Nothing on the economic data schedule for the rest of the week, but perhaps that’s just as well, what with all of the Brexit-related news that we are hearing on a minute-by-minute basis. The fallout from yesterday’s ballot result will undoubtedly steal the headlines, especially as it still remains to be seen what will happen with May’s Brexit plans.

From To

 

EUR: European factories shake off trade war fears

There was some good news for the eurozone yesterday, as figures released showed industrial production figures increased by 0.2% in October, which is a significant rebound from the 0.6% decline we saw in September. This was in line with what the markets had been expecting. Year-on-year, industrial output increased by 1.2% from the same month a year before, which much better than the expected 0.7% increase. This should have a positive effect on the GDP growth rate figures for the fourth quarter of 2018 and will certainly be welcomed given the recent trade war fears.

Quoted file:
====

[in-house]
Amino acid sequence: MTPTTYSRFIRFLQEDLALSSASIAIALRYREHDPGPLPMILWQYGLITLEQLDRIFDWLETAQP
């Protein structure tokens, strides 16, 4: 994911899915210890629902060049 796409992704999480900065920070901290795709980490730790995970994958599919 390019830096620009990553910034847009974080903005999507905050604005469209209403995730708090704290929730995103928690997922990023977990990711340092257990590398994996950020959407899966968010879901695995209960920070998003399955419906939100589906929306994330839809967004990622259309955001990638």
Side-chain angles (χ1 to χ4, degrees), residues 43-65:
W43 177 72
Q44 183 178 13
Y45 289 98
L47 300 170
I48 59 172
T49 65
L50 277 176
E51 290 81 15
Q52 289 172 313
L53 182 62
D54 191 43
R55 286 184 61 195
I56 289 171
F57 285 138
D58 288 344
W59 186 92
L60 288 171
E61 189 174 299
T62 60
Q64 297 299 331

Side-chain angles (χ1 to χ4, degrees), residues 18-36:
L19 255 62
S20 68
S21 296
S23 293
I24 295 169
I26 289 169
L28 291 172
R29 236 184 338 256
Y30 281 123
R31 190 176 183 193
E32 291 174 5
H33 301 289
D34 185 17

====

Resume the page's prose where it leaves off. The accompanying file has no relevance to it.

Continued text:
Regarding Brexit, there were reports that the EU has decided to wait and see what happens in the UK political landscape before deciding whether to consider an extension of the negotiating time allowed under Article 50. The results of yesterday’s ballot put talk of concessions back on track, although it remains to be seen whether any will be forthcoming.

Today we will see the German inflation rate for November, which is expected to show a dip to 2.3% from 2.5% in the previous month. The European Central Bank will also announce its interest rate decision, but it is certain rates will be kept on hold this time around (and for the foreseeable future). There will, however, be an accompanying press conference which could prove interesting.

USD: Wall Street rallies on China’s economic plans rewrite